- There are three main pathways by which mitochondria are sick:
○ Increased oxidative stress causing mitochondrial dysfunction
○ Reduction in alternative energy sources
○ Decreased ETC flux
- The best way to treat mitochondrial disease is to target these common pathways, so Dr. Tarnopolsky ran a clinical trial with the Mito cocktail focusing on supporting those three areas of dysfunction. The CoQ10 was absorbed, reflected by a five-fold increase in the blood. ATP production in white blood cells was also improved.
- The first randomized double-blind crossover study of a Mito cocktail was published in 2007. Sixteen patients remained on the cocktail for two months and then crossed over to placebo or vice versa. The cocktail included:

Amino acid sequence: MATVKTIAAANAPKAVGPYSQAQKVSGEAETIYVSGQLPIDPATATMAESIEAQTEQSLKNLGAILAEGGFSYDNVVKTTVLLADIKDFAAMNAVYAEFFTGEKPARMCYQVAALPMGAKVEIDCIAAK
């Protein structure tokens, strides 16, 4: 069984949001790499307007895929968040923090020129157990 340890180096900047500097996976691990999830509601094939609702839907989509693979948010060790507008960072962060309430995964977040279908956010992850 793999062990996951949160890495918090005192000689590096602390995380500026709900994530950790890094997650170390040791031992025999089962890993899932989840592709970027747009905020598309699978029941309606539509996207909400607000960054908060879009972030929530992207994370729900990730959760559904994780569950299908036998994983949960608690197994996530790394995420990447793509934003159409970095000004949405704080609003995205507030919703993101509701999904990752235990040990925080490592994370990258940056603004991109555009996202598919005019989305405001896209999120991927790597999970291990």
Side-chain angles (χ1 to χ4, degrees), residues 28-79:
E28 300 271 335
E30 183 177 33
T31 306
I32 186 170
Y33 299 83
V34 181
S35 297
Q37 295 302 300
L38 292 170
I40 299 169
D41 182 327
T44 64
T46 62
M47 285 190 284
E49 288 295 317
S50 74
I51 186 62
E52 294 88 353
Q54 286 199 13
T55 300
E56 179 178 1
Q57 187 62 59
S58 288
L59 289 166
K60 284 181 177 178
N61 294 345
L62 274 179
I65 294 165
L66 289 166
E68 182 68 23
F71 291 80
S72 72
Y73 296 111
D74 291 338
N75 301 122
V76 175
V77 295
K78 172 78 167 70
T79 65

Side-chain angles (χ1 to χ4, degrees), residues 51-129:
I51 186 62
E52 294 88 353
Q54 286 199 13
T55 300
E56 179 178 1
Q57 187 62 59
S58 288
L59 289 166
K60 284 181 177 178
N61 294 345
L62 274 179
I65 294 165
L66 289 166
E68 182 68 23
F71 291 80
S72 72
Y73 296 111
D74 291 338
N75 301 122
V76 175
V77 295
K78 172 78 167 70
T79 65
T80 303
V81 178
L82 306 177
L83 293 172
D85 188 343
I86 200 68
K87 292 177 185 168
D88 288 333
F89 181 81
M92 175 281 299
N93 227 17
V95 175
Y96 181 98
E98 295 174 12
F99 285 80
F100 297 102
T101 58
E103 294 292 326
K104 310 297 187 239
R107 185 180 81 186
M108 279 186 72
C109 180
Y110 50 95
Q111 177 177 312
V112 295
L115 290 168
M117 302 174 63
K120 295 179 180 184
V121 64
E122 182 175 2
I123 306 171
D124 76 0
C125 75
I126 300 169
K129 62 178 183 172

○ CoQ10 -- an antioxidant to bypass Complex I, mixed with vitamin E -- an antioxidant that also helps to replenish CoQ10
○ Creatine -- an alternative energy source
○ Alpha lipoic acid -- a mitochondrial antioxidant and it replenishes CoQ10
■ Results: coenzyme Q10 used was absorbed, which is important because of the old studies on the powdered form that was not absorbed.
■ Oxidative stress was lower, which can reduce further damage to the cells.
■ Lactic acid or lactate was lower, which is believed to be a reflection of less mitochondrial damage -- the lower lactic acid is, the better the mitochondrial function.
■ 8-isoprostanes, another marker of oxidative stress, were also lower.
Exercise (slides 33-35)
Dr. Tarnopolsky’s colleagues have studied high-intensity vs. endurance exercise. High-intensity exercise leads to muscle hypertrophy or growth Endurance exercise, where you do a longer duration activity, yields much more mitochondrial proliferation than weight training. The study shows an increase in strength after 3 months of exercise by 15% to 25%. This improvement in strength did not seem to cause any damage to the muscle (CK levels were monitored). The study they also showed improvement in the mitochondrial function by muscle biopsies.